|period||Shinto (ca. 1681)|
|nakago||suriage, two mekugiana|
|mei||Izumo no Kami Fujiwara Yoshitake|
Yoshitake is the son of Horikawa Kunitake, who was a student of Horikawa Kunihiro, one of the most important smiths of the Shinto period and one of the two co-fathers of the Shinto tradition.
Yoshitake is rated by Fujishiro at Jo-saku for superior workmanship, and Hawley grants him a high 70 points. He also has a reputation for sharp blades, earning a ranking of Wazamono.
This sword was shortened soon after it was made, and a groove cut at that time to lighten it. The top of the nakago was also filed down at that time to accommodate a more normal tsuka size. It would have taken a very large samurai to wield this sword as originally forged. Hence the need to lighten and shorten it to the more standard Shinto length.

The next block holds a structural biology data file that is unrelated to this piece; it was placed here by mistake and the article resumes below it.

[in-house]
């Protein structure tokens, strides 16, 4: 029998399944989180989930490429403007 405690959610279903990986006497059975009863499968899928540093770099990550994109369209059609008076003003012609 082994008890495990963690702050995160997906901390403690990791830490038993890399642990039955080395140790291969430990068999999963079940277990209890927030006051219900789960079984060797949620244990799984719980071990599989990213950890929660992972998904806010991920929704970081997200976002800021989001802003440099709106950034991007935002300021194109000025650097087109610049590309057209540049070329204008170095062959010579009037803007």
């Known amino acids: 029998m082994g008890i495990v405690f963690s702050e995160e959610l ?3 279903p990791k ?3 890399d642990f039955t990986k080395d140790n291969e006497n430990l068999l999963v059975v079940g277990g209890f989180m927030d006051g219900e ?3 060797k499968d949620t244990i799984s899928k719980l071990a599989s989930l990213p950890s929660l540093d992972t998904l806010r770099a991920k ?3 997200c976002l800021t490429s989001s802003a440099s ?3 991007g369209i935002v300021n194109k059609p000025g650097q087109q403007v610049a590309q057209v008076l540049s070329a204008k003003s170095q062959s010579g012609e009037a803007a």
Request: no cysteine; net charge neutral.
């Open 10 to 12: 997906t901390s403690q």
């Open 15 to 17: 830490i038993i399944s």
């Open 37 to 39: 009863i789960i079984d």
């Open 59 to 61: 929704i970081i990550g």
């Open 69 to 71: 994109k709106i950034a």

The hamon is gunome in bright ko nie with ashi and some sunagashi. The boshi is ko maru. The construction of the sword is very pleasant, showing a fine itame with chikei and some o-itame. There is an unusual umegane repair to a ware.
The sword was recently polished by Nakamura in 2003 and a new solid silver habaki made for the sword, as well as a new shirasaya.